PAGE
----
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Adoption Behavior of U.S. Women

  • Mary Ann Davis
Chapter
Part of the The Springer Series on Demographic Methods and Population Analysis book series (PSDE, volume 29)

Abstract

This chapter is the first of two demographic analysis chapters. Chapter 4 examines adoption behavior in the United States, through an analysis of Cycle 6 of the National Survey of Family Growth (NSFG). As is noted in Chapter 3 the NSFG’s main strength as a data source on adoption, according to Bachrach (1986), is it provides data comparing the women who adopt, those who place children for adoption, and those who do not adopt. Thus, the NSFG is the best source for individual-level data (Bachrach, 1986; Chandra, Abma, Maza, & Bachrach, 1999). Arguably, with the completion of the 2007 National Survey of Adoptive Parents this may no longer be the case (e.g. see Section 1.4.1). However, the NSFG has the added value of being a longitudinal and currently ongoing survey, which allows researchers to document trends. This chapter looks at adoption, with specific emphasis on female adopters using available data from the NSFG female respondent files in two sections. First, we explore commonly associated with increasing or predicting the likelihood of adopting a child. Second, we then examine the effects of race and ethnicity on the predictors of adoption behavior.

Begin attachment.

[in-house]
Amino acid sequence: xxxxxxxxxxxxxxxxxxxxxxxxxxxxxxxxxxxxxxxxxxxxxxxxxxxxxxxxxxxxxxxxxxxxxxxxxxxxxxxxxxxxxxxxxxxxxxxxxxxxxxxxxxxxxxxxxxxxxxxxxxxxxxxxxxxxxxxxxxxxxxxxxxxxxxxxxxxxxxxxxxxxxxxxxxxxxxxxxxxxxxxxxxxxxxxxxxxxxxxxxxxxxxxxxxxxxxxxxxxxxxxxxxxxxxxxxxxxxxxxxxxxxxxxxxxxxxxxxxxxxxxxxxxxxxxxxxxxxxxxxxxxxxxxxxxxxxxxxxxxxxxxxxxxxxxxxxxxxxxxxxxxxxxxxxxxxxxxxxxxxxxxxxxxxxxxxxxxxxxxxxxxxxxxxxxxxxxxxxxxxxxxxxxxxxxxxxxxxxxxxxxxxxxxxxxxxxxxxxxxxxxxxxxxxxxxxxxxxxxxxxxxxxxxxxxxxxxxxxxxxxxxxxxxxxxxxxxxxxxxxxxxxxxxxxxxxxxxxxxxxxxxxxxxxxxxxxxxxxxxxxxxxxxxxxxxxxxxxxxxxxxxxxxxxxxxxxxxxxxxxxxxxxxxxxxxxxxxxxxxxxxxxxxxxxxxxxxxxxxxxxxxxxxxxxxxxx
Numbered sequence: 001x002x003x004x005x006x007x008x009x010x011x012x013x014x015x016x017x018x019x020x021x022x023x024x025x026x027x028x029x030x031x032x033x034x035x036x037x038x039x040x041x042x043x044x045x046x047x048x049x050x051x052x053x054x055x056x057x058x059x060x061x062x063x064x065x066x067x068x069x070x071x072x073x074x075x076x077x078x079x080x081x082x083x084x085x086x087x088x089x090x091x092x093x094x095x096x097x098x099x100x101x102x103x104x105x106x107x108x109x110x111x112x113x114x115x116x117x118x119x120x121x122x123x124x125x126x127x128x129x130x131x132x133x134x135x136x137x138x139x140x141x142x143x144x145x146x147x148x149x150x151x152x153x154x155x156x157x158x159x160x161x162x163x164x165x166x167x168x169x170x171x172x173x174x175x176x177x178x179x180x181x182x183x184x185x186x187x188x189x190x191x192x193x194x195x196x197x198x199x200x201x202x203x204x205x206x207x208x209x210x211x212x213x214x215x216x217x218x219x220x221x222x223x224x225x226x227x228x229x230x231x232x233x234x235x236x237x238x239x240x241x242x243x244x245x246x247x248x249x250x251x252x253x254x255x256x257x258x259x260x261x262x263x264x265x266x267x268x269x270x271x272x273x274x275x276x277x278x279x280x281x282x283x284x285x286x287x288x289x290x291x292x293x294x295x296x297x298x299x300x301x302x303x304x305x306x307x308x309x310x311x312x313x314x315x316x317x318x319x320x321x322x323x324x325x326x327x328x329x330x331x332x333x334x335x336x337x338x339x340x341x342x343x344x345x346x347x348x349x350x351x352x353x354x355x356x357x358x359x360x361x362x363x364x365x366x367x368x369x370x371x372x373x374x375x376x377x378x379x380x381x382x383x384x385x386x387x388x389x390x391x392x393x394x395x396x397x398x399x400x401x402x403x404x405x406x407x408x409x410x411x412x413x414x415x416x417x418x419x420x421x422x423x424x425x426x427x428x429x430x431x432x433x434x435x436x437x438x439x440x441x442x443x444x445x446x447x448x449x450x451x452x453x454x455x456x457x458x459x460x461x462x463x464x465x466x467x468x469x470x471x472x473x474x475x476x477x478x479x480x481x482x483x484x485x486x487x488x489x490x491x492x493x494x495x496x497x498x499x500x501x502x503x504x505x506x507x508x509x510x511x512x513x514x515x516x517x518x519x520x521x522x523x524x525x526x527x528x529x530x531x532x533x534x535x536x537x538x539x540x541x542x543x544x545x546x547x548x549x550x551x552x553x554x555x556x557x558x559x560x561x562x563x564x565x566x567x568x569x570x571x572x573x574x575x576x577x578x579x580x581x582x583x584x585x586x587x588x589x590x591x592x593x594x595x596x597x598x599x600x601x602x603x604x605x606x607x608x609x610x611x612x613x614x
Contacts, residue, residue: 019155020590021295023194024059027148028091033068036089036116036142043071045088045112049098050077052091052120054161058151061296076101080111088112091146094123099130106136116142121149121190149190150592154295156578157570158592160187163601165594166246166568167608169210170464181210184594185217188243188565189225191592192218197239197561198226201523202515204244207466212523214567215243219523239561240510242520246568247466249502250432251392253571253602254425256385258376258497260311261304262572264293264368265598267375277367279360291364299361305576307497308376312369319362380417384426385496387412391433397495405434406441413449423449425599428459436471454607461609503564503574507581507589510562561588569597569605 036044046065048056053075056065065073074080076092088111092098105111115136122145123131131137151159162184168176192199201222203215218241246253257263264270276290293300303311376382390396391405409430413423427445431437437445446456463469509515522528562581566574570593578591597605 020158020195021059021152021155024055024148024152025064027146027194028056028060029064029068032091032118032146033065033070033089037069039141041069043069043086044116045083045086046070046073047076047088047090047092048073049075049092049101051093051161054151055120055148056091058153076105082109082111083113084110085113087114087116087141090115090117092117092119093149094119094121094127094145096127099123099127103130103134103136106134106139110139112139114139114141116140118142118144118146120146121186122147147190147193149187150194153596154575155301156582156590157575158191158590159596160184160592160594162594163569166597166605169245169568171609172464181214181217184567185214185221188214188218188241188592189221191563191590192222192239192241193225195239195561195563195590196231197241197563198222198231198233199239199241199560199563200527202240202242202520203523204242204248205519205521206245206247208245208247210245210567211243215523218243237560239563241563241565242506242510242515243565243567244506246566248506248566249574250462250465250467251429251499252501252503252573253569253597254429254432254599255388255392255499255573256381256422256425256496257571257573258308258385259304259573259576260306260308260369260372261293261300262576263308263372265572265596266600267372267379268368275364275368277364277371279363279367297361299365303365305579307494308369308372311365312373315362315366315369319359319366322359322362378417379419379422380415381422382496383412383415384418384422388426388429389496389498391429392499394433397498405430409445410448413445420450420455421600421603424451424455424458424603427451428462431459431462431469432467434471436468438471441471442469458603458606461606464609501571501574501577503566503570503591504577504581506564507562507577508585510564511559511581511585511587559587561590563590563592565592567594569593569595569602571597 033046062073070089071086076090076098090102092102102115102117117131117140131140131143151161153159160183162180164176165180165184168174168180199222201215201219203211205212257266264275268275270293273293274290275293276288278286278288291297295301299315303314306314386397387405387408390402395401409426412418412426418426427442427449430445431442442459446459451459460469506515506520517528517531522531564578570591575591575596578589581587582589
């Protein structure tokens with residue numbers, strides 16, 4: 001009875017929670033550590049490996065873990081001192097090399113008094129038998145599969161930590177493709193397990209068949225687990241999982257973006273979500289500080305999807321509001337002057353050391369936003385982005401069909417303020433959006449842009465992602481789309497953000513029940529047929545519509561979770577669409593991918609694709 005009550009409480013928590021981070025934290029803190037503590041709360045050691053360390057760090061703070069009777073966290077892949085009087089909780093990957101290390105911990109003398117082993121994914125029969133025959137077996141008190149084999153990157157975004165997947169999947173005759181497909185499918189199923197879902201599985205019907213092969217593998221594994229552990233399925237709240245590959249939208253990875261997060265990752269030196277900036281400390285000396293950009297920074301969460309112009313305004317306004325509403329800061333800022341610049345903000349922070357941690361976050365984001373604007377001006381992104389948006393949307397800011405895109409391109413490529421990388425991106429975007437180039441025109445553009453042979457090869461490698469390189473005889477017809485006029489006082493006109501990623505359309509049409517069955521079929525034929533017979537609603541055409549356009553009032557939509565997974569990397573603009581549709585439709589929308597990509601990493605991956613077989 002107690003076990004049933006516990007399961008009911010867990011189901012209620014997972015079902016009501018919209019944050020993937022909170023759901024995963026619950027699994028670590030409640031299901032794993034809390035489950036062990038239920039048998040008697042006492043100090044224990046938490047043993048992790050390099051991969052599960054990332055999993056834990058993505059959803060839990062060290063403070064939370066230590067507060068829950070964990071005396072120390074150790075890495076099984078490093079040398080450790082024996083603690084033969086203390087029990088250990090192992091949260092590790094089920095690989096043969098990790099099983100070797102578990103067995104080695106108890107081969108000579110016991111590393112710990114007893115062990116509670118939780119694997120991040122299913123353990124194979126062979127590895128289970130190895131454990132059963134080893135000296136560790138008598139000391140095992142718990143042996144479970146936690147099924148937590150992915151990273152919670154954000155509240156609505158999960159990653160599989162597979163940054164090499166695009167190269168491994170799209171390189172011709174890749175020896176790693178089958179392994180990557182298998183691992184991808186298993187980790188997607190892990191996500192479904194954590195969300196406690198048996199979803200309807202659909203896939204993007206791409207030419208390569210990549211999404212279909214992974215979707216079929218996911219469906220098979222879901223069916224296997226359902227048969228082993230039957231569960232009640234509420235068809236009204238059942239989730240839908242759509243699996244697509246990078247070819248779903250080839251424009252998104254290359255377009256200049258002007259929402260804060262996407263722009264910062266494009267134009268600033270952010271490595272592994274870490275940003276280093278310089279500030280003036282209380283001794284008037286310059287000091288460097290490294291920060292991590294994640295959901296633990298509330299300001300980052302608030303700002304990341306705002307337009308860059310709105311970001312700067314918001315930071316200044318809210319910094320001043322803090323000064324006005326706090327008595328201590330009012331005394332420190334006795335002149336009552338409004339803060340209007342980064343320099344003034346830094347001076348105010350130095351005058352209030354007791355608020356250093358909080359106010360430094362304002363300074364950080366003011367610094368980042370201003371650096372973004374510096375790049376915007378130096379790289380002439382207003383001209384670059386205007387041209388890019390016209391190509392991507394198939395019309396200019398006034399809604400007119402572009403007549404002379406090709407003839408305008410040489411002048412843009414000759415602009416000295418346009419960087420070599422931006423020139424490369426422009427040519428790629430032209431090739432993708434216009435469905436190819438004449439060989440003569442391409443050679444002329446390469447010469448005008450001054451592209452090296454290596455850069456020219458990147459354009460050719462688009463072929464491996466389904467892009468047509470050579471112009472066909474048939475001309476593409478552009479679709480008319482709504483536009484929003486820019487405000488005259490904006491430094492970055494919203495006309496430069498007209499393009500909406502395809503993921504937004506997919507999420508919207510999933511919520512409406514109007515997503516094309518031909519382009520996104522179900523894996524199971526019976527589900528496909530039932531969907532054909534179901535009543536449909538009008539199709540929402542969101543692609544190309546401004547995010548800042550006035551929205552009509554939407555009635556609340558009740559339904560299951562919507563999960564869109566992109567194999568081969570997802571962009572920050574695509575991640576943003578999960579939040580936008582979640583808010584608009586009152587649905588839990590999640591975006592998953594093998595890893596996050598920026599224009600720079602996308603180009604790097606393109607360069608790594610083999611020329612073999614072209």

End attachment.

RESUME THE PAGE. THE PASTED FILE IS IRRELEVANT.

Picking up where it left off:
Keywords

African American Woman High School Degree Adoptive Parent Biological Child Latin Woman 
These keywords were added by machine and not by the authors. This process is experimental and the keywords may be updated as the learning algorithm improves.

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Copyright information

© Springer Science+Business Media B.V. 2011

Authors and Affiliations

  1. 1.Department of SociologySam Houston State UniversityHuntsvilleUSA

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